Rachel Lambert: forager, author, guide
£0.00

Wild Food: Daisies

Daisies on a foraging walk in Cornwall

As a young child I sat with my friends on thesoft grass near my house. Surrounded by daisies (Bellis perennis) we dared each other to eat one. I remember munching away on the texture of this weed and feeling very naughty. I never told anyone.

Fast forward a couple of decades (or so) I discovered it wasn't 'wrong' to eat a daisy as they're actually good for you! In this blog I share when to eat daisies, what they're good for, where to pick them, who should eat them (and who should avoid them) and also when to be cautious and not eat daisies.

A single, common daisy flower on a foraging course

Are daisies edible?

The daisy family is the largest plant family (Asteraceae) often called Composites. All the plants in this family all with the commonality of a single, compound flowerhead. Not all daisies in this family are edible.

On this blog I am focusing on what I call common daisies - the small daisies that grow in lawns (see how to identify daisies below). These are edible! The flowers, stems and leaves.

Yarrow (Achillea millefolium) and Pineapple weed (Matricaria discoidea) are two other edible members of the daisy family. You can find out more in my other blogs;

Daisies next to my dog on a foraging walk

Are daisies weeds?

Daisies are often considered a weed, yet they are also a food! A weed is defined as; a wild plant growing where it is not wanted and in competition with cultivated plants. Perhaps we have just forgotten the use of so-called weeds, I definitely think so!

How to identify daisies

Daisies (Bellis perennis) are a low growing, perennial plant growing up to 12 cm high. There is just one flower on each slender stem, the flowers have a dense yellow centre surrounded by white, and sometimes crimson-tipped, petals.

They grow on lawns and are native to North Africa, Western Asia and Europe and have naturalised in the USA. The leaves are almost oval shaped and furry.

Cynotype of daisies

The cyanotype image above shows the silhouette image of a common daisy - I 'photographed' this on my birthday a couple of years ago!

Plate of edible spring leaves and flowers on a foraging course

When is the best time to eat daisies?

Common daisies can flower between Spring and Autumn. They are there best as spring and summer flowers, and the leaves are most tender in spring. However as daisies often grow on lawns that are mowed regularly, fresh, tender daisies could appear any time of year!

Edible daisies on a foraging course

Why eat daisies?

Well my 7 year old self would say because it is fun and naughty! Though daisies also provide important nutrients. I often tell parents on my foraging courses about the common weeds that are edible, including daisies - it's good to know which weeds your children are eating which are safe and good for you!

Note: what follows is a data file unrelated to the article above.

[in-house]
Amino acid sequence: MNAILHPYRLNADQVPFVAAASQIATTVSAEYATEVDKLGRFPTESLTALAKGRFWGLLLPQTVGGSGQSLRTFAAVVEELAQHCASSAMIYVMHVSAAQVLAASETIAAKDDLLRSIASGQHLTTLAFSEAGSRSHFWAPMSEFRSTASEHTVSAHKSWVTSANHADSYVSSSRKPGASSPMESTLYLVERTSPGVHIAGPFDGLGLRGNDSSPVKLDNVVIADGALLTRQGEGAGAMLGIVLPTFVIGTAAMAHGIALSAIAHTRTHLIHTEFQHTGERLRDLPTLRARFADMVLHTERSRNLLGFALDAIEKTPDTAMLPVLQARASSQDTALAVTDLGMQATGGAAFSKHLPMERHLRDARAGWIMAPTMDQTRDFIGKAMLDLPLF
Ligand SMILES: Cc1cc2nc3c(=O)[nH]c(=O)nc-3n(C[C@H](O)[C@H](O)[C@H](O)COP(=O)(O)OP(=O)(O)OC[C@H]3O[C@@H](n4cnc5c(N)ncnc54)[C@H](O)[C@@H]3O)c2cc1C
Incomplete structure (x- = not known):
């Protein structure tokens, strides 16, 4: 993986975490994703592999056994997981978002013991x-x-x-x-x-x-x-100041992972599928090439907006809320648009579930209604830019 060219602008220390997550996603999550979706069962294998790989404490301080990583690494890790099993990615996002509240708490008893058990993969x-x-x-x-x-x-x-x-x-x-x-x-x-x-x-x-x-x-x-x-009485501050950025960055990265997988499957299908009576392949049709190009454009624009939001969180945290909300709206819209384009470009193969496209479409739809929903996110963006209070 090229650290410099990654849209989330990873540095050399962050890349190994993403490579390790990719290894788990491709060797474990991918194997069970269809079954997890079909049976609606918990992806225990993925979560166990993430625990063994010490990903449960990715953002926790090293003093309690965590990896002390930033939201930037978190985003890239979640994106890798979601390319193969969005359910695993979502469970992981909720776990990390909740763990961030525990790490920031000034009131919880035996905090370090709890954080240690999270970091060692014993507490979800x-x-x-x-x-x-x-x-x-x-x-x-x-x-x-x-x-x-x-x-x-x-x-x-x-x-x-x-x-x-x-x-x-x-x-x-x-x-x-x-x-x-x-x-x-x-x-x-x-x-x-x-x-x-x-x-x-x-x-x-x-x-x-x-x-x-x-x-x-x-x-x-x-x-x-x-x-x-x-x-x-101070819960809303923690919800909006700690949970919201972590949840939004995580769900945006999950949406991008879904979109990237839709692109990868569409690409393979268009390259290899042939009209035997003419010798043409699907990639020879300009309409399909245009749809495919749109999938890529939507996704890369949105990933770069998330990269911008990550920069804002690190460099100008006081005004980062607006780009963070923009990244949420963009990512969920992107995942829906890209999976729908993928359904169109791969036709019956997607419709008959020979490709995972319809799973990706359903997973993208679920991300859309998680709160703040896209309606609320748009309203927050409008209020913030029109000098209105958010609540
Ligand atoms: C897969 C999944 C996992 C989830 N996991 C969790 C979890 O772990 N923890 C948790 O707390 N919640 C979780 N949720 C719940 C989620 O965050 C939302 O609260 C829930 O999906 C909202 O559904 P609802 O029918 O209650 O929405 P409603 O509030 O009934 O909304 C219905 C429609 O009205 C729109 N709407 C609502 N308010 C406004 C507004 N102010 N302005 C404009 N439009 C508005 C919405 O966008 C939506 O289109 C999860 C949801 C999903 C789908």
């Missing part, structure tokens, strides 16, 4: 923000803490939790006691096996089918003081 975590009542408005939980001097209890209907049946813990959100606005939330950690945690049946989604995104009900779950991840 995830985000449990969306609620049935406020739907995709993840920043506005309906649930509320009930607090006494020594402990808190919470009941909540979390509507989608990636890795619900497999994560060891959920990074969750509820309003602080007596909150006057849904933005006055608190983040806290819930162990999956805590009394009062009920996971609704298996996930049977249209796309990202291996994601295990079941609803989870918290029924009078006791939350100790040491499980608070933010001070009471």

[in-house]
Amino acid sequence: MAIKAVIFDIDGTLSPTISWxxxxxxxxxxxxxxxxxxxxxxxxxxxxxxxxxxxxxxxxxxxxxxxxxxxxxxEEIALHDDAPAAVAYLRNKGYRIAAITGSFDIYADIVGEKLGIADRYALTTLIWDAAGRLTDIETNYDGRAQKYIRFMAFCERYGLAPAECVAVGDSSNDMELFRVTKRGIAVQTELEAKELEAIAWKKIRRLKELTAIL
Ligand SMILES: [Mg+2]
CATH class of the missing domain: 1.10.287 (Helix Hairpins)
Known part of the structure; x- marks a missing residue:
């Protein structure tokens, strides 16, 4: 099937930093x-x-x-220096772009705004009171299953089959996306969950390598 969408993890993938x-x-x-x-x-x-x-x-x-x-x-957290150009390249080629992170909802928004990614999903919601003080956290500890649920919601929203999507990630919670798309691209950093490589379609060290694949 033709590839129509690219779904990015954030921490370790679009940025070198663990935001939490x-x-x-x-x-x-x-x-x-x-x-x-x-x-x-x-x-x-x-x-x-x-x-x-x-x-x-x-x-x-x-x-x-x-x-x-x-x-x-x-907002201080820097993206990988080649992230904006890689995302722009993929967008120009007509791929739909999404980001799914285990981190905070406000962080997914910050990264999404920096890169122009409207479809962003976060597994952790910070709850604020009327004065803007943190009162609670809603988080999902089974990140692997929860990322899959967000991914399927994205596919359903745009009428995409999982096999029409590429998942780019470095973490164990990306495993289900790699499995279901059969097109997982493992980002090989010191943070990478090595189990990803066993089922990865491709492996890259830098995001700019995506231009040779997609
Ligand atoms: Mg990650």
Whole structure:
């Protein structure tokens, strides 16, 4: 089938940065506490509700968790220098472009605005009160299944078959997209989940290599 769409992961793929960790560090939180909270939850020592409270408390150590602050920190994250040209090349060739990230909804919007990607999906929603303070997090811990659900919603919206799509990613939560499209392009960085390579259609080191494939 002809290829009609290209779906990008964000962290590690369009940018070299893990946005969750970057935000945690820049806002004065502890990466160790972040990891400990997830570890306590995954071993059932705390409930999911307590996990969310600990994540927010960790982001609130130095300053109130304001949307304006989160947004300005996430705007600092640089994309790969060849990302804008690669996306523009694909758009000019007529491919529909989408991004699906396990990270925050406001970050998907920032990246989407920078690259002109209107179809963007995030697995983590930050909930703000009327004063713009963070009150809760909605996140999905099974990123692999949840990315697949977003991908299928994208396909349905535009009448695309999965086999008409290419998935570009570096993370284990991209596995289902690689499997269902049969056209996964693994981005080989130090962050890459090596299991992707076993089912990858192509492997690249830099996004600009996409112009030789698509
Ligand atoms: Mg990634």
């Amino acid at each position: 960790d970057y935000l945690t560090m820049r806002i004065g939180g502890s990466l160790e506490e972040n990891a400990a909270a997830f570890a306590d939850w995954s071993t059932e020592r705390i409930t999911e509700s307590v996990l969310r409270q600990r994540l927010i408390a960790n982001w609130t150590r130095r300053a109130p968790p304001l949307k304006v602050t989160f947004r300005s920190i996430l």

Daisies have a high amount of vitamin C and have also been used medicinally for many infections of the respiratory tract including coughs, colds, catarrh, bronchitis and sinusitis.

Daisies in salad, learnt on a foraging course

How to use daisies?

I love adding daisies into salad for their prettiness, below I share a video on making daisy chains to add as edible decorations onto raw or cooked dishes. I've added this onto fish dishes, dressings, salads or over cooked greens. You can also make daisy tea by just pouring boiling water over the flowers and leaves and leaving to steep for 10 minutes.

Daisy chain on forager's dog's head!

Making an edible daisy chain

Daisy chains is a childhood joy and something I occasionally make time for as an adult. It's a timeless craft, doesn't take long and it great for decorating yourself, food, your children or the dog!

When NOT to eat daisies

There are a couple of reasons not to eat daisies. Some people are allergic to this family or may have a reaction. I remember drinking too much chamomile tea as a teenager (I had read it cleanses the skin!) and I came out in a rash. So avoid if you have a reaction to this plant family and don't eat or drink too many.

Secondly, many people still treat their lawns with weed killer or pesticides. Never eat daisies that may have been treated with chemicals.

Daisies on a foraging walk in Cornwall

2 comments on “Wild Food: Daisies”

  1. Love the daisy chain song and the photos of doggy decoration . So wish there wasn't so much weed killer stuff around ... making it hard to be sure of daisy's within a city scape.. Ok in own garden space . Gorgeous photos!!

Leave a Reply

Your email address will not be published. Required fields are marked *

Filed under: , ,

Tags:

Sign up to the newsletter

Receive regular updates on news, recipes and events.

Privacy policy

Buy Rachel's books

Community Giving Project

We're raising funds to help purchase land for grassroots growing projects for BPOC communities in the UK.

Amount raised so far £4,816.65

Buy Rachel's books

Sign up to the newsletter

Receive regular updates on news, recipes and events.

Privacy policy